How Elon Musk uses his influence in Sacramento

“It would be interesting to get the facts about how much California has invested in Tesla — the hundreds of millions in tax subsidies that we have given to this company,” Newsom said. who loves touting his longstanding relationship with Musk, told reporters at an event last fall.

Musk has provided financial backing to California’s ambitious governor, increasing donations to Newsom’s 2018 campaign and frequently donating to other Democratic lawmakers. And despite the tumultuous nature of the headquarters move, Tesla continues to expand its operations in California.

Here are some of the ways Musk came forward in his famous Twitter feud with Sacramento:

1. Tesla and tax breaks

Hundreds of millions of dollars of California regulatory loans for electric vehicles support Tesla’s quarterly profitaccording to Trefis, a financial analysis service.

Tesla can sell government loans for electric vehicles to traditional auto companies that would otherwise be unable to comply with the government’s zero-emissions sales regulations.

In 2019 and 2020, Tesla’s profitability depended on loans, although now the company’s margins would remain healthy enough without them.

The sheer scale of these benefits has become a sore point for progressive lawmakers. Former Assemblyman Lorena Gonzalez, a Democrat from San Diego, complained when Musk announced he was moving his headquarters to Texas that the billionaire “made $200 billion from California taxpayer subsidies.”

Online spats aside, Musk’s subsidies don’t seem to pose any risk, given California politicians’ aggressive support for electric cars and their equally aggressive opposition to fuel-powered cars.

2. Labor disputes

Musk’s lack of union sympathy made him enemies in the Legislative Assembly. (Last month, he called on the United Auto Workers to vote at his plant in the Bay Area.)

In 2017, lawmakers linked California’s regulatory loans to the state’s evolving labor practice standards in a budget bill that many see as being aimed at Tesla. The legislation required the California Secretary of Labor to “first certify manufacturers as being honest and responsible in their treatment of their workers before their vehicles are included in any publicly funded rebate program.”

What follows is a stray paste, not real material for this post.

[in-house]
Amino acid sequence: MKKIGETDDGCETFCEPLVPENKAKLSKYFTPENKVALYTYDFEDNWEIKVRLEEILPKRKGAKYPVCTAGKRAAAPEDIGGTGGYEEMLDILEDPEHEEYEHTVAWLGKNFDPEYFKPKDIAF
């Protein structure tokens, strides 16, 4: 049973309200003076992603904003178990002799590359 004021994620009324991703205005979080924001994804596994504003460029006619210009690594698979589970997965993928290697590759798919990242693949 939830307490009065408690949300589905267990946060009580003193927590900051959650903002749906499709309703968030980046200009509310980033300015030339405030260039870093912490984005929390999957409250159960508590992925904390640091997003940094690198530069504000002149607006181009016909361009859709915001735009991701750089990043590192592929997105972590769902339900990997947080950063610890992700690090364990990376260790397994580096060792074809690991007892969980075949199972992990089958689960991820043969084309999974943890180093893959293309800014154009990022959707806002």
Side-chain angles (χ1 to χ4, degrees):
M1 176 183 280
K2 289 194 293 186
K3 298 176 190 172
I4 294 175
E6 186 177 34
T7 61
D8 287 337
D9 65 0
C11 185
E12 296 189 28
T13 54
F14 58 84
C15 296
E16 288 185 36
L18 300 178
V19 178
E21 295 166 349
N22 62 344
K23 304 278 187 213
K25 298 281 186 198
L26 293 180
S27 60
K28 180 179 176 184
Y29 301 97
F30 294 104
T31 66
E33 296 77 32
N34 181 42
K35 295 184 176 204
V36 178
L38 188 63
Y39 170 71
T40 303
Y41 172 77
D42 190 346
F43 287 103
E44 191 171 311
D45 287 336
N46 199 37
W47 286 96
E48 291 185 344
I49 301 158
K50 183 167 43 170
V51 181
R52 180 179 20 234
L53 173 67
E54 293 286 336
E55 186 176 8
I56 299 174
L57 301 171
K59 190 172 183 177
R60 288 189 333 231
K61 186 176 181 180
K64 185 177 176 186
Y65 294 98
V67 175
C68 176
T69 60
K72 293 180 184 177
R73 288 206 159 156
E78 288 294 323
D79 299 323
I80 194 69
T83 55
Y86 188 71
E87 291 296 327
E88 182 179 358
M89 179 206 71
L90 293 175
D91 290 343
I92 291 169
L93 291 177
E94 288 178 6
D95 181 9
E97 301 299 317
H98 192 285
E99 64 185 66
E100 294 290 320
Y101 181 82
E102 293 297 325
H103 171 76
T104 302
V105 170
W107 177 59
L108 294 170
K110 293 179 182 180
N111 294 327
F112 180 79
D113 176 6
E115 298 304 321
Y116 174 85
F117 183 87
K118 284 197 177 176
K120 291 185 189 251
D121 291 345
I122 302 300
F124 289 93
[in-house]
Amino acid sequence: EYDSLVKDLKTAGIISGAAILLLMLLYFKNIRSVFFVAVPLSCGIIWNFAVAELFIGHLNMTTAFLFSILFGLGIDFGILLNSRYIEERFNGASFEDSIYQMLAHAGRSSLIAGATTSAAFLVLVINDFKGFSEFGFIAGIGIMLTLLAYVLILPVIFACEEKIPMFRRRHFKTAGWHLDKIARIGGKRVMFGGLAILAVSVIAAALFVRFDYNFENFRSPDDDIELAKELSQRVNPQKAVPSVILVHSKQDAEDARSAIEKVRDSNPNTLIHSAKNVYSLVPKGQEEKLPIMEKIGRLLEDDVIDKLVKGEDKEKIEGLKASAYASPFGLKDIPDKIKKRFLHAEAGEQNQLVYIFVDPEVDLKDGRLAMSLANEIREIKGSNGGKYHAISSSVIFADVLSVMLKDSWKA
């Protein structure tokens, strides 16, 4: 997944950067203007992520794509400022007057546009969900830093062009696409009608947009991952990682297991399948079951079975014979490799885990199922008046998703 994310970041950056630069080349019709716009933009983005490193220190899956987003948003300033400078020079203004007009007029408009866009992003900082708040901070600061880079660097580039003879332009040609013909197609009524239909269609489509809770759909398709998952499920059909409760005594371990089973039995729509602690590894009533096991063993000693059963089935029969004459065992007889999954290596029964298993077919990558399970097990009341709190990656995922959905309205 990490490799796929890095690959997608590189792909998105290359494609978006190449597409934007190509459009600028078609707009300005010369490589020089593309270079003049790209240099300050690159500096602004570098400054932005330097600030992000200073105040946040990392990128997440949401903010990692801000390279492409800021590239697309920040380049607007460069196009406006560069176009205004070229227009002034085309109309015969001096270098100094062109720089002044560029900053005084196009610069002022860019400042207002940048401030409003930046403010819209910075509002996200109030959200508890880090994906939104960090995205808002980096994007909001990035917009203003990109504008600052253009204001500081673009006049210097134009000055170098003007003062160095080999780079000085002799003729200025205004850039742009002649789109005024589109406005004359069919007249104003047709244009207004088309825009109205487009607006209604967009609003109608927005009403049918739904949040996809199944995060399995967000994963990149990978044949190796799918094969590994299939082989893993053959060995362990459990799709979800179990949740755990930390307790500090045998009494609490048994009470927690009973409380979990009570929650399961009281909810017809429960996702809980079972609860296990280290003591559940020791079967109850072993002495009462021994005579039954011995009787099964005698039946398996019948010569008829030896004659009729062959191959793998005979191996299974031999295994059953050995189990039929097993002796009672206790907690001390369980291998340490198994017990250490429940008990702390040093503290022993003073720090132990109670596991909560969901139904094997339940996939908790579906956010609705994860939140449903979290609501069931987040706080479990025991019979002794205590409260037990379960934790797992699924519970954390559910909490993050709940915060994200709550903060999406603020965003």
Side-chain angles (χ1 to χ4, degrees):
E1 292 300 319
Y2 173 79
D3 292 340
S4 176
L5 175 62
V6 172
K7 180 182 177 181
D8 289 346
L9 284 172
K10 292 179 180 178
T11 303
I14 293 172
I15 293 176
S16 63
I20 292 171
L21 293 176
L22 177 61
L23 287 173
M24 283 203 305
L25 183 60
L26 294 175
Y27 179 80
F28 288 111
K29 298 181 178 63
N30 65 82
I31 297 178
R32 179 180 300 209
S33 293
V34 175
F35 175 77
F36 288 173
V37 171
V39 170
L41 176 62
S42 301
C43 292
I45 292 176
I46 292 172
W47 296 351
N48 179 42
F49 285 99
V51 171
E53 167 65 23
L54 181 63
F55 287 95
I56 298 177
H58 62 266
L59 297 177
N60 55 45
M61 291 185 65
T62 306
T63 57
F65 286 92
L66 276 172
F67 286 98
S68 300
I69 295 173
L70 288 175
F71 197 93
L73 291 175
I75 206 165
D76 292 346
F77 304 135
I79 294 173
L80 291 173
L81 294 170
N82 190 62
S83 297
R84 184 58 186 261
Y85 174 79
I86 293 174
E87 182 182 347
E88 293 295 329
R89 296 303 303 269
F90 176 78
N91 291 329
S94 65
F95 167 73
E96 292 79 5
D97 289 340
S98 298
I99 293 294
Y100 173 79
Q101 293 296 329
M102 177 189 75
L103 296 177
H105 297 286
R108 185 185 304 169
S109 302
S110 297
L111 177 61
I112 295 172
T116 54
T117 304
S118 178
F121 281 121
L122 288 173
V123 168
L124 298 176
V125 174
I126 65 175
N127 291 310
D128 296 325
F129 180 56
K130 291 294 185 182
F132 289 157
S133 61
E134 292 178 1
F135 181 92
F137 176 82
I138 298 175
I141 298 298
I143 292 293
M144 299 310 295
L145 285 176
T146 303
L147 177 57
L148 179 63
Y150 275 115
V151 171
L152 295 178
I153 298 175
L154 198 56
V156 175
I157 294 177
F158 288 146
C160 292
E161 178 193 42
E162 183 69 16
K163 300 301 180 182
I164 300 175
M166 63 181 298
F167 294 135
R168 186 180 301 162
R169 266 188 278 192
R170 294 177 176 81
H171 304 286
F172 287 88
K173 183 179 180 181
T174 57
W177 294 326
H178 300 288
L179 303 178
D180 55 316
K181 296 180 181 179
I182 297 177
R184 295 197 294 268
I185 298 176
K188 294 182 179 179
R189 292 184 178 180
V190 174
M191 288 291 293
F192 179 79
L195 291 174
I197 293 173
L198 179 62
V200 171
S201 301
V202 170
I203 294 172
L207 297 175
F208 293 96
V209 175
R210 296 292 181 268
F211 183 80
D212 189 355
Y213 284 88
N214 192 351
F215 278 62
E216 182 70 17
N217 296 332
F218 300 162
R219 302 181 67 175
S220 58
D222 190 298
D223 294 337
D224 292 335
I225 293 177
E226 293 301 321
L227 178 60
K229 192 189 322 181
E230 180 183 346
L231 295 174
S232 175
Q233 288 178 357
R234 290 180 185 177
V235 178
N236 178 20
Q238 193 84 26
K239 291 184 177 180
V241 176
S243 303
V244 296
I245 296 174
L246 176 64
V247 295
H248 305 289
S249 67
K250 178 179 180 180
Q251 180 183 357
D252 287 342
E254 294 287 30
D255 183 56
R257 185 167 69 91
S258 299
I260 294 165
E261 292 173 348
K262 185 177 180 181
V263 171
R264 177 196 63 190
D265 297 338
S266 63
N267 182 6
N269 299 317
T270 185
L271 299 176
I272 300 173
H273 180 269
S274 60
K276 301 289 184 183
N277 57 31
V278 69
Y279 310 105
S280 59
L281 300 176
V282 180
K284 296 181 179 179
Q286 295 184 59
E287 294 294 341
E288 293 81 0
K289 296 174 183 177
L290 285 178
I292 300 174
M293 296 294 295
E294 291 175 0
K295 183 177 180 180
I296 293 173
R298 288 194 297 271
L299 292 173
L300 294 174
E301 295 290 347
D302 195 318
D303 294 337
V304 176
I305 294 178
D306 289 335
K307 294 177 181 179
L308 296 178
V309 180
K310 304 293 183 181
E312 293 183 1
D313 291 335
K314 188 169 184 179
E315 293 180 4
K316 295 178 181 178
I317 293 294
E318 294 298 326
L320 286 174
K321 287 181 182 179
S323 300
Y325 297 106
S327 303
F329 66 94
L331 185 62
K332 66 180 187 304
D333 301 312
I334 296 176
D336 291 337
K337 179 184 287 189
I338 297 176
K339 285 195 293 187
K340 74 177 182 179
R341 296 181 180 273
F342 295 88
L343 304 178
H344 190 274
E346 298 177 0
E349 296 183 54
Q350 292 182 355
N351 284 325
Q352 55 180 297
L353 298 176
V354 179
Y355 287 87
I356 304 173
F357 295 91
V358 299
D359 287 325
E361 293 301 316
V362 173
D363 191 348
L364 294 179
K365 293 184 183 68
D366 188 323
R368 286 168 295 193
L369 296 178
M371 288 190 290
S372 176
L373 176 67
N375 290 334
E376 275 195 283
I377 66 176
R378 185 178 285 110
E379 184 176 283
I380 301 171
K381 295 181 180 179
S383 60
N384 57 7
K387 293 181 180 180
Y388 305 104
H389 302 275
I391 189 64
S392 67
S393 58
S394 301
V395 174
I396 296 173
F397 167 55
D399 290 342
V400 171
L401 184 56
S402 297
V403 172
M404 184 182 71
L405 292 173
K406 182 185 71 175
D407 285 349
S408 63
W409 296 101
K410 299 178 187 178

That efforts fizzled out. According to the California Air Resources Board, the state has never enacted appropriate regulations to enforce the measure, nor has it set any standards to uphold the fair labor practices of Tesla or any other electric vehicle manufacturer. Officials started writing rules in fiscal year 2017-2018 but stopped when the Legislature didn’t expand on that tough talk in the next budget bill.

3. Covid orders

Strict restrictions in California annoyed Musk, as did many business owners. But unlike many businesses across the state, Musk openly ignored orders.

Despite the Newsom administration shutting down schools, restaurants and playgrounds, senior management did nothing when Musk violated his county’s public health orders and reopened his Fremont plant in May 2020 while insulting his local health officer.

And he dared the government officials to try to stop him. “I will be on the line with everyone else,” he wrote at the time. “If anyone is arrested, I ask that it be only me.”

4. Auto insurance policy

Tesla has rolled out an auto insurance business in seven states using driver data to price products, a technique known as telematics.

California is banning telematics because of a 1988 ballot initiative, and Musk told investors earlier this year that he was lobbying for change. This attracted the attention of the state Insurance Commissioner Ricardo Lara, criticized by consumer advocates after a 2019 recording captured him telling insurance executives it was open to reviewing the ban. Lara is up for re-election this year and is facing a challenge from a fellow Democrat.

“Yesterday @elonmusk reportedly told investors that he is “very strongly pushing” for a change in telematics rules for drivers in California.” Lara tweeted in January. “Promote whatever you want, but we won’t give up on consumer data protection, privacy, and fair pricing.”

Musk responded bluntly: “You should be removed from office.”

The topic is still alive. Consumer Watchdog published a recording of a webcast from Root, a telematics insurance company, saying that Lara “support what we do“. A spokesman for the California Insurance Department did not immediately respond to a request for comment.

5. Down the Pike: Social Media Brawls

Sacramento is debating a list of social media bills aimed at combating alleged misinformation and other online abuses that could lead to the type of censorship Musk cited as the reason behind the Twitter purchase.

Proposals to suspend medical licenses for doctors who post what is considered misinformation about Covid, crack down on “spread of malicious content” and curb alleged cyberbullying are facing a surge against industry opposition and legal challenges.

However, the wave of proposals shows where the state’s power players are heading, promising future clashes with Musk’s avowed commitment to unfettered free speech.

Jeremy B. White contributed to this report.